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Saturday, 6 June 2015


I have two fob-watches. 
One is a wedding keepsake. When my brother got married three years ago in northern Portugal, he and his Spanish bride gave watches to all the male guests and perfume to all the women. It was a proper feast of a wedding celebration, lashings of food and drink and dance and music and family and friendship; and the watch is just one example of the generosity of spirit and fullness of love which marked the occasion.

The other watch was given to me in 1997, the year of my own marriage, by my late father. I remember the date because along with it he included the bill from the jeweller who had just repaired it. The jeweller, Martin of Maryhill in Glasgow, describes the watch in some detail in his report:
A gentleman’s 18ct gold half hunter fob watch by Vacheron Constantin. Watch hallmarked through London 1907. Inscription dated 1909.

Jean-Marc Vacheron was a Swiss watchmaker who set up shop in Geneva in 1755. His sons inherited the thriving business in 1785, then his grandson in 1810. In 1819 the latter, Jacques-Barthélemy Vacheron, went into partnership with François Constantin. In his letter to Vacheron on 5th July 1819, Constantin wrote that the new partnership must strive to “do better if possible – and that is always possible.” That became the company’s motto, and remains so to this day. The company, one of the top three Swiss watchmakers, is still based in Geneva, producing watches for the very wealthy. One produced in 1979 cost $5 million.

As you’d expect of a Swiss firm, VC is very discreet about its clients. But VC owners in the past have included Napoleon Bonaparte, the Duke of Windsor and Pope Pius XI. So I, my father, and my grandfather who was originally given the watch, are in good company. In 2003 Vacheron Constantin finally began producing watches for women.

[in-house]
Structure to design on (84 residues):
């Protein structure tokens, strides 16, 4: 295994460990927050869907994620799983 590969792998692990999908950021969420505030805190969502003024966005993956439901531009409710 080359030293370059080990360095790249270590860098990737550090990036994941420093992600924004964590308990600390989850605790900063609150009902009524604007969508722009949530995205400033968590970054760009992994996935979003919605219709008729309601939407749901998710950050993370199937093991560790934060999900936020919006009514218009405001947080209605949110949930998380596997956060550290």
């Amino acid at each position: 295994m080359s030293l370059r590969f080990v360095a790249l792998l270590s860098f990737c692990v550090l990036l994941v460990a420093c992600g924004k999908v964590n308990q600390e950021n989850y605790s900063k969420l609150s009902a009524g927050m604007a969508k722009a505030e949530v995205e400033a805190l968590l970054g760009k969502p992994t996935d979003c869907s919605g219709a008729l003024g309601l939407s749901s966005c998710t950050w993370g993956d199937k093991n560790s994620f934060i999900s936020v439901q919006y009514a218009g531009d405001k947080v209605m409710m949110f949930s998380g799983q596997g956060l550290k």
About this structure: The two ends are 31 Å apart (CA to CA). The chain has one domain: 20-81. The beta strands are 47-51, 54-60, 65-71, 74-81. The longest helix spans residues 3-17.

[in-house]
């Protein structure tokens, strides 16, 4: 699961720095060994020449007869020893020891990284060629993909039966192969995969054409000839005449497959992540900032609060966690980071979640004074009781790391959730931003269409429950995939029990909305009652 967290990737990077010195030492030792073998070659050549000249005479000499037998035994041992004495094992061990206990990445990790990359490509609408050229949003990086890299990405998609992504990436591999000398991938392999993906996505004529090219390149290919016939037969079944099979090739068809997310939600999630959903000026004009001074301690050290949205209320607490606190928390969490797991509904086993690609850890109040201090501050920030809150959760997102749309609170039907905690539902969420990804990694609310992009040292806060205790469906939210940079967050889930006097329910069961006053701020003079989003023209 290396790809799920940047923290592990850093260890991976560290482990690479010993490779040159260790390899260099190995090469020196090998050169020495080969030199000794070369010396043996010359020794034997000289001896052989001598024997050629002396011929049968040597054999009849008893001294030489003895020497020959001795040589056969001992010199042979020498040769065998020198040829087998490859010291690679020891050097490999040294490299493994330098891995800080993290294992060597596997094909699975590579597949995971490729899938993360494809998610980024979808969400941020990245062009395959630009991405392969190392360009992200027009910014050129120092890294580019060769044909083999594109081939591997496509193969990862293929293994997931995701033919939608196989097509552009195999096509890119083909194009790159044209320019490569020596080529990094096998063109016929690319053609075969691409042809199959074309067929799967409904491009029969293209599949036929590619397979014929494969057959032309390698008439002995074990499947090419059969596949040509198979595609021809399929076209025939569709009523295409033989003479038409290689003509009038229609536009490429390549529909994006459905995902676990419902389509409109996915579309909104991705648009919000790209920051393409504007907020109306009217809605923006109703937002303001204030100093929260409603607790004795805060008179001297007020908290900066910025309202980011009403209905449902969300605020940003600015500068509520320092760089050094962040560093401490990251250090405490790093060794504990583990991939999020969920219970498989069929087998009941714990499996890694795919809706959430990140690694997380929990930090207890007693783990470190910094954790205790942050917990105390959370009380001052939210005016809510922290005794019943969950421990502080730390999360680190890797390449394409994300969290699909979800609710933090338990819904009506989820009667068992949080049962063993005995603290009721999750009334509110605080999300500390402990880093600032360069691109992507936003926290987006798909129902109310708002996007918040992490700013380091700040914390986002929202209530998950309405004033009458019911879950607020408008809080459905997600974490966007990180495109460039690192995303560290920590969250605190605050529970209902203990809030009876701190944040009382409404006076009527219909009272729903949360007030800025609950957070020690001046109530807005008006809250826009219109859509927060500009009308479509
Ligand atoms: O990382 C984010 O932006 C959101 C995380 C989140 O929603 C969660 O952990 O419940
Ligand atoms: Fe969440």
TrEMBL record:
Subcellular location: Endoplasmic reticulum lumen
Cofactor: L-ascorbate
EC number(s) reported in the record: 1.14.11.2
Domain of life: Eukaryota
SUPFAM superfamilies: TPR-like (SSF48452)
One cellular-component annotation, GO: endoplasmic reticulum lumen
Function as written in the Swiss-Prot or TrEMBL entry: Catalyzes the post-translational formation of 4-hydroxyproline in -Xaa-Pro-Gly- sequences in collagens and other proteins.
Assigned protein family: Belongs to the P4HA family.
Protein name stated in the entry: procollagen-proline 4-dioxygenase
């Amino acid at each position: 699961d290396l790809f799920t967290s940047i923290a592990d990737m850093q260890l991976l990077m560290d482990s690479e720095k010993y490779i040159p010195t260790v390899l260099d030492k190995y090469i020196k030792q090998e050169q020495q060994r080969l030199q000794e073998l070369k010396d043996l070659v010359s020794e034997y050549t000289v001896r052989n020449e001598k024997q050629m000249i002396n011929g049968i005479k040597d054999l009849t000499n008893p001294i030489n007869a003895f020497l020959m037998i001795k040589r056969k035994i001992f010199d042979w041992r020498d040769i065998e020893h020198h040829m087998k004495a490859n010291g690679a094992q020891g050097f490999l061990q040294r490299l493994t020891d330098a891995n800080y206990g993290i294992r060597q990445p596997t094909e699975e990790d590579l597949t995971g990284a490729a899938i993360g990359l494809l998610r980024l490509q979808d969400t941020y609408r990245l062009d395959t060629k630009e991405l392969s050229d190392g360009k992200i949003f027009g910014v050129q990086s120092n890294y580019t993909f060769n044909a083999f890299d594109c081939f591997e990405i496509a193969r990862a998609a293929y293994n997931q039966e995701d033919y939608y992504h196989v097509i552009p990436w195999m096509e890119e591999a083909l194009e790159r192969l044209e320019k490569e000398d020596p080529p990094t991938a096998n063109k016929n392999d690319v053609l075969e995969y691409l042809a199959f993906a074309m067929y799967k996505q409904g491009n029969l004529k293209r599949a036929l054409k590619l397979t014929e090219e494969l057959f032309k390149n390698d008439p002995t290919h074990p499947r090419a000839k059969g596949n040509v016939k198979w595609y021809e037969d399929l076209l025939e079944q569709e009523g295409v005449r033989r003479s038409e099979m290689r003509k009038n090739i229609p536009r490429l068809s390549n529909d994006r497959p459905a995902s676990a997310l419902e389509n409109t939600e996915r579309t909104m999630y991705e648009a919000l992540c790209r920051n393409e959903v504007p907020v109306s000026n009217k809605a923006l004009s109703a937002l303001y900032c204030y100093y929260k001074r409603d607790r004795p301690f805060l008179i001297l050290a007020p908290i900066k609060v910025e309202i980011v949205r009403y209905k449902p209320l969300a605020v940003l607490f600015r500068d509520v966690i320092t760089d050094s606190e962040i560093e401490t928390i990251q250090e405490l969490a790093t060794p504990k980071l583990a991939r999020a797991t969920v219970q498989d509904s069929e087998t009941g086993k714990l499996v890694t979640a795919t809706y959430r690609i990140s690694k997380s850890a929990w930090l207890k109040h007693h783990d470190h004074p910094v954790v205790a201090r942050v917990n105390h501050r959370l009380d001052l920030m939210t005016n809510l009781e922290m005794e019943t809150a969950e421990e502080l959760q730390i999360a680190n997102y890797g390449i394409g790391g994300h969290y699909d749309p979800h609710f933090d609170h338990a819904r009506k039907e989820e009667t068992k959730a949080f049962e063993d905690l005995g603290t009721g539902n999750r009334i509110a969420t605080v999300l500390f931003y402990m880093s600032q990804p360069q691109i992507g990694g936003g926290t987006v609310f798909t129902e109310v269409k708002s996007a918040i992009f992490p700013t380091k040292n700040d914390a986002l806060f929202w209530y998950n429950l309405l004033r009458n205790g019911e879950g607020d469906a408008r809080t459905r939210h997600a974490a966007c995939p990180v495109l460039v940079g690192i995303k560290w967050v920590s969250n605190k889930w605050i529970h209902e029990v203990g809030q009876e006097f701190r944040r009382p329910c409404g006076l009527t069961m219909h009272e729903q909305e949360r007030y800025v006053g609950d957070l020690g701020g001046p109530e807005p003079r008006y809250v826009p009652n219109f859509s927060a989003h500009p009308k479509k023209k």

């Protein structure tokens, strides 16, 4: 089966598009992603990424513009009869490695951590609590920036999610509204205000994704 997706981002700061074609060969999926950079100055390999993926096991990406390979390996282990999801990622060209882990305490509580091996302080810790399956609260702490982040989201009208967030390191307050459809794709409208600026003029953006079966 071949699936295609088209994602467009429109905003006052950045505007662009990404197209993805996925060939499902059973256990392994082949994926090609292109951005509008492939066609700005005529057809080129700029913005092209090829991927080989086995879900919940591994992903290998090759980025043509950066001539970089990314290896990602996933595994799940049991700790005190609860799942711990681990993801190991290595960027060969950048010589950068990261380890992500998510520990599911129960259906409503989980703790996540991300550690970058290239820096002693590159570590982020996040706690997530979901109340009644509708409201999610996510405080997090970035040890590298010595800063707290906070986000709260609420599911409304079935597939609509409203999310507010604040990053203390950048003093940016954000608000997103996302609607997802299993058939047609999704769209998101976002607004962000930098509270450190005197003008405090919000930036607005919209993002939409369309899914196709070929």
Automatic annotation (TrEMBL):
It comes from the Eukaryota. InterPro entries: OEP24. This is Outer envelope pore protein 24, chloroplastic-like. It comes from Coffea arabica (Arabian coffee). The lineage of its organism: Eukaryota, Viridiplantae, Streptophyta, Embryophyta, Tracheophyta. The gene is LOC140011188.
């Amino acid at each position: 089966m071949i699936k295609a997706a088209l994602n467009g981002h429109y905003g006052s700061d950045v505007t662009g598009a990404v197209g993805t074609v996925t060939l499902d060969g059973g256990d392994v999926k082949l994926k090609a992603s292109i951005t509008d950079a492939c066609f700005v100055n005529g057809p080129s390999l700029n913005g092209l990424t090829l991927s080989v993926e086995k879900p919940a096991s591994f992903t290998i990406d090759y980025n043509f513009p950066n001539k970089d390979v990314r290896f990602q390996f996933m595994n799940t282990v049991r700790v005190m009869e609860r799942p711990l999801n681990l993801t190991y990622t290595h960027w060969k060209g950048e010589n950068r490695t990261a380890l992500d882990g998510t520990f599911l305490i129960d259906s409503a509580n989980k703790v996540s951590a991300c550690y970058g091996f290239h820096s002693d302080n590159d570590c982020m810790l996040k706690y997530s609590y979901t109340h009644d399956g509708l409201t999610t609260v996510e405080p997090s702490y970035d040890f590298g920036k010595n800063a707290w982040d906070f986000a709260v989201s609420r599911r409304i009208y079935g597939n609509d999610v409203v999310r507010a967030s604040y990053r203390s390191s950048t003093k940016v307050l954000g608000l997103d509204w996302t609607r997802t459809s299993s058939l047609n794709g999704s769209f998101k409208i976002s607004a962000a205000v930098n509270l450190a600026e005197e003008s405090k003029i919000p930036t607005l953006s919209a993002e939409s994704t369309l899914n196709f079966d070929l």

Inside the back of the watch lies the inscription: To F. Gurney Salter from C. de W. and H. de W. 1909

The de W.’s were friends of my grandfather’s. I confess that although my father did tell me what de W. stood for, I have forgotten. I want to say de Watteville – de Watteville is an ancient Swiss family with branches in England. Before the First World war my grandfather and his brother Willy were keen alpine climbers who visited Switzerland regularly, and it’s entirely possible that they knew de Wattevilles.

But whoever gave Fred the watch, it was a lavish gift. In 1997, the repairs alone cost £215, which is emphatically more than I’ve spent in total on all the watches I ever bought. It must have been given to mark a special event. In 1909 Fred was 33, not a landmark birthday; so perhaps the watch was an expression of gratitude. Fred was a practicing solicitor and may simply have rendered legal services to C. & H. de W. But perhaps it was something more personal – a mountain rescue, for example.

Fred Salter (standing right), on an unidentified mountain, c1910; 
perhaps C. & H. de W. also present

We will probably never know now. The timepiece will keep its secret, one might say to the end of time. But even unknown, the secret makes it more than just a watch, and as Martin of Maryhill noted in red ink in his report to my father in 1997, “must be treated with care!”
This has been my 250th post in this blog. Thank you for reading any of them!


  1. Good to see you've got the blog up and running again after a wee hiatus

  2. It's good to be back! I took a break to get my book written. I've almost finished a first draft now, but I really missed blogging and have begun to realise that the blog and the book feed each other (and me, come to that).


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